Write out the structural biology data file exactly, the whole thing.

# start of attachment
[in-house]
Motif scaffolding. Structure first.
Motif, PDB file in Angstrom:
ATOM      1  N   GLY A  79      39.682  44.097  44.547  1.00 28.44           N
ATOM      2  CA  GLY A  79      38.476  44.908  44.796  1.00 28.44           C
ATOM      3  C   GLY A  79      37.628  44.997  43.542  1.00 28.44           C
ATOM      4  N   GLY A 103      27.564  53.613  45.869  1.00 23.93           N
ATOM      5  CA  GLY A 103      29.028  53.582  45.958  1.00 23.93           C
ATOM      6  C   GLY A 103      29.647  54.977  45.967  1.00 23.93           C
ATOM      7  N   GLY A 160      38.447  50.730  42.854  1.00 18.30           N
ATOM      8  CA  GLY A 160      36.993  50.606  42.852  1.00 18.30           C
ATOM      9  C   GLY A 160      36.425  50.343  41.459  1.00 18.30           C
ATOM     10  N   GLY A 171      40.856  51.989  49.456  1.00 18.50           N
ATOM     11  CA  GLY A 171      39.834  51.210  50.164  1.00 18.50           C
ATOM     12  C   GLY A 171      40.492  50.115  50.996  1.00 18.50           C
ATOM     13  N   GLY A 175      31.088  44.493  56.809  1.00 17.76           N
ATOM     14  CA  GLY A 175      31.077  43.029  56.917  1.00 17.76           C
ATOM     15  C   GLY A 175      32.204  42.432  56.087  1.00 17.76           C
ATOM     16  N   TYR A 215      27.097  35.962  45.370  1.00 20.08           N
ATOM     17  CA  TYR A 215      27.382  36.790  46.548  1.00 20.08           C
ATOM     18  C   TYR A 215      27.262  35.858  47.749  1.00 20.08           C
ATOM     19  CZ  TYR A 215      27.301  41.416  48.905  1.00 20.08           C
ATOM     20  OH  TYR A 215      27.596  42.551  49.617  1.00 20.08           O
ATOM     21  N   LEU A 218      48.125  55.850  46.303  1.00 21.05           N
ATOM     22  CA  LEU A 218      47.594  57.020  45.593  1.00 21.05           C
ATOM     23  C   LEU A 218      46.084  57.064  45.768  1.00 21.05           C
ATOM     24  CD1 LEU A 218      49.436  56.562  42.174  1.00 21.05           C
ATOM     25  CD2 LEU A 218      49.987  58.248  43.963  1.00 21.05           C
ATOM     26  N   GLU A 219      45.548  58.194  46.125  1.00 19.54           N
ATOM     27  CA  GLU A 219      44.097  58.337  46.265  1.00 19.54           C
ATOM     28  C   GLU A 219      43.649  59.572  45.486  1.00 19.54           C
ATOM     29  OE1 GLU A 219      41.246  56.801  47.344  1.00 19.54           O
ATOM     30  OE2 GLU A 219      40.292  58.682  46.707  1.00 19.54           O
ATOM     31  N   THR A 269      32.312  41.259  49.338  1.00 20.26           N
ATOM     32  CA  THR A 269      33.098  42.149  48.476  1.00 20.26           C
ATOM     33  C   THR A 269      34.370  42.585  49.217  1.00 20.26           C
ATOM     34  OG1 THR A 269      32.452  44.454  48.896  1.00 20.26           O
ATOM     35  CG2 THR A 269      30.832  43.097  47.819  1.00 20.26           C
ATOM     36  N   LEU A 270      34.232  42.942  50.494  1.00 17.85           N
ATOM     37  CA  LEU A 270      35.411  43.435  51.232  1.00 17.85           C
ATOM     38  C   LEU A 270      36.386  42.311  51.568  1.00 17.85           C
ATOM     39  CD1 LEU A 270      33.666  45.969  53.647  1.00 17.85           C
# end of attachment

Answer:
[in-house]
Motif scaffolding. Structure first.
Motif, PDB file in Angstrom:
ATOM      1  N   GLY A  79      39.682  44.097  44.547  1.00 28.44           N
ATOM      2  CA  GLY A  79      38.476  44.908  44.796  1.00 28.44           C
ATOM      3  C   GLY A  79      37.628  44.997  43.542  1.00 28.44           C
ATOM      4  N   GLY A 103      27.564  53.613  45.869  1.00 23.93           N
ATOM      5  CA  GLY A 103      29.028  53.582  45.958  1.00 23.93           C
ATOM      6  C   GLY A 103      29.647  54.977  45.967  1.00 23.93           C
ATOM      7  N   GLY A 160      38.447  50.730  42.854  1.00 18.30           N
ATOM      8  CA  GLY A 160      36.993  50.606  42.852  1.00 18.30           C
ATOM      9  C   GLY A 160      36.425  50.343  41.459  1.00 18.30           C
ATOM     10  N   GLY A 171      40.856  51.989  49.456  1.00 18.50           N
ATOM     11  CA  GLY A 171      39.834  51.210  50.164  1.00 18.50           C
ATOM     12  C   GLY A 171      40.492  50.115  50.996  1.00 18.50           C
ATOM     13  N   GLY A 175      31.088  44.493  56.809  1.00 17.76           N
ATOM     14  CA  GLY A 175      31.077  43.029  56.917  1.00 17.76           C
ATOM     15  C   GLY A 175      32.204  42.432  56.087  1.00 17.76           C
ATOM     16  N   TYR A 215      27.097  35.962  45.370  1.00 20.08           N
ATOM     17  CA  TYR A 215      27.382  36.790  46.548  1.00 20.08           C
ATOM     18  C   TYR A 215      27.262  35.858  47.749  1.00 20.08           C
ATOM     19  CZ  TYR A 215      27.301  41.416  48.905  1.00 20.08           C
ATOM     20  OH  TYR A 215      27.596  42.551  49.617  1.00 20.08           O
ATOM     21  N   LEU A 218      48.125  55.850  46.303  1.00 21.05           N
ATOM     22  CA  LEU A 218      47.594  57.020  45.593  1.00 21.05           C
ATOM     23  C   LEU A 218      46.084  57.064  45.768  1.00 21.05           C
ATOM     24  CD1 LEU A 218      49.436  56.562  42.174  1.00 21.05           C
ATOM     25  CD2 LEU A 218      49.987  58.248  43.963  1.00 21.05           C
ATOM     26  N   GLU A 219      45.548  58.194  46.125  1.00 19.54           N
ATOM     27  CA  GLU A 219      44.097  58.337  46.265  1.00 19.54           C
ATOM     28  C   GLU A 219      43.649  59.572  45.486  1.00 19.54           C
ATOM     29  OE1 GLU A 219      41.246  56.801  47.344  1.00 19.54           O
ATOM     30  OE2 GLU A 219      40.292  58.682  46.707  1.00 19.54           O
ATOM     31  N   THR A 269      32.312  41.259  49.338  1.00 20.26           N
ATOM     32  CA  THR A 269      33.098  42.149  48.476  1.00 20.26           C
ATOM     33  C   THR A 269      34.370  42.585  49.217  1.00 20.26           C
ATOM     34  OG1 THR A 269      32.452  44.454  48.896  1.00 20.26           O
ATOM     35  CG2 THR A 269      30.832  43.097  47.819  1.00 20.26           C
ATOM     36  N   LEU A 270      34.232  42.942  50.494  1.00 17.85           N
ATOM     37  CA  LEU A 270      35.411  43.435  51.232  1.00 17.85           C
ATOM     38  C   LEU A 270      36.386  42.311  51.568  1.00 17.85           C
ATOM     39  CD1 LEU A 270      33.666  45.969  53.647  1.00 17.85           C